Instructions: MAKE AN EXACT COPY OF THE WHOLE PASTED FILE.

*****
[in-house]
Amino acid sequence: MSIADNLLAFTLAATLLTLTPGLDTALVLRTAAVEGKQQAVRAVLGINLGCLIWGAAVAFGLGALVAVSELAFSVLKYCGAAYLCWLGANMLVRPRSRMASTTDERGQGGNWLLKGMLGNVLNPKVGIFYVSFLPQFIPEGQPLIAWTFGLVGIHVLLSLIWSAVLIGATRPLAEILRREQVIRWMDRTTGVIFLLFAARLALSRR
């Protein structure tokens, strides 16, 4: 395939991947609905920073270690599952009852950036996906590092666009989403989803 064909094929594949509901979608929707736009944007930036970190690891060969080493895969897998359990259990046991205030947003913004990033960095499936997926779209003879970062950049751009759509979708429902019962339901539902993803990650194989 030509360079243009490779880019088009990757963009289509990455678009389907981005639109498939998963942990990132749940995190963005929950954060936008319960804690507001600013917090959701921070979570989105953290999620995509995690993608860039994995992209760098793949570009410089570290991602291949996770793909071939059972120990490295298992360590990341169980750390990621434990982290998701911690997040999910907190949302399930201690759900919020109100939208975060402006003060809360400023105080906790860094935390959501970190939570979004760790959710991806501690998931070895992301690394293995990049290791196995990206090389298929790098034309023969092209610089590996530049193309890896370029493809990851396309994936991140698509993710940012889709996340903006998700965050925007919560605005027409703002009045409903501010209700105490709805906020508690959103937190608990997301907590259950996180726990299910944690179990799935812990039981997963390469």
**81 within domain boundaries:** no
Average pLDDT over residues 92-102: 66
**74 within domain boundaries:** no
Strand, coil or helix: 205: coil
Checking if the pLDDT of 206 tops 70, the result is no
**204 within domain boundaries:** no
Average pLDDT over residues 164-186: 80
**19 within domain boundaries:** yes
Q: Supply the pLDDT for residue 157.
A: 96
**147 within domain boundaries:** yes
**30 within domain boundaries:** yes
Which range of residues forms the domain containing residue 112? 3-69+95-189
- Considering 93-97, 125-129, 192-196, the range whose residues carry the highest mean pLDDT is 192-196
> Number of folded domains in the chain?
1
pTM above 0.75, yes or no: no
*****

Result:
[in-house]
Amino acid sequence: MSIADNLLAFTLAATLLTLTPGLDTALVLRTAAVEGKQQAVRAVLGINLGCLIWGAAVAFGLGALVAVSELAFSVLKYCGAAYLCWLGANMLVRPRSRMASTTDERGQGGNWLLKGMLGNVLNPKVGIFYVSFLPQFIPEGQPLIAWTFGLVGIHVLLSLIWSAVLIGATRPLAEILRREQVIRWMDRTTGVIFLLFAARLALSRR
């Protein structure tokens, strides 16, 4: 395939991947609905920073270690599952009852950036996906590092666009989403989803 064909094929594949509901979608929707736009944007930036970190690891060969080493895969897998359990259990046991205030947003913004990033960095499936997926779209003879970062950049751009759509979708429902019962339901539902993803990650194989 030509360079243009490779880019088009990757963009289509990455678009389907981005639109498939998963942990990132749940995190963005929950954060936008319960804690507001600013917090959701921070979570989105953290999620995509995690993608860039994995992209760098793949570009410089570290991602291949996770793909071939059972120990490295298992360590990341169980750390990621434990982290998701911690997040999910907190949302399930201690759900919020109100939208975060402006003060809360400023105080906790860094935390959501970190939570979004760790959710991806501690998931070895992301690394293995990049290791196995990206090389298929790098034309023969092209610089590996530049193309890896370029493809990851396309994936991140698509993710940012889709996340903006998700965050925007919560605005027409703002009045409903501010209700105490709805906020508690959103937190608990997301907590259950996180726990299910944690179990799935812990039981997963390469």
**81 within domain boundaries:** no
Average pLDDT over residues 92-102: 66
**74 within domain boundaries:** no
Strand, coil or helix: 205: coil
Checking if the pLDDT of 206 tops 70, the result is no
**204 within domain boundaries:** no
Average pLDDT over residues 164-186: 80
**19 within domain boundaries:** yes
Q: Supply the pLDDT for residue 157.
A: 96
**147 within domain boundaries:** yes
**30 within domain boundaries:** yes
Which range of residues forms the domain containing residue 112? 3-69+95-189
- Considering 93-97, 125-129, 192-196, the range whose residues carry the highest mean pLDDT is 192-196
> Number of folded domains in the chain?
1
pTM above 0.75, yes or no: no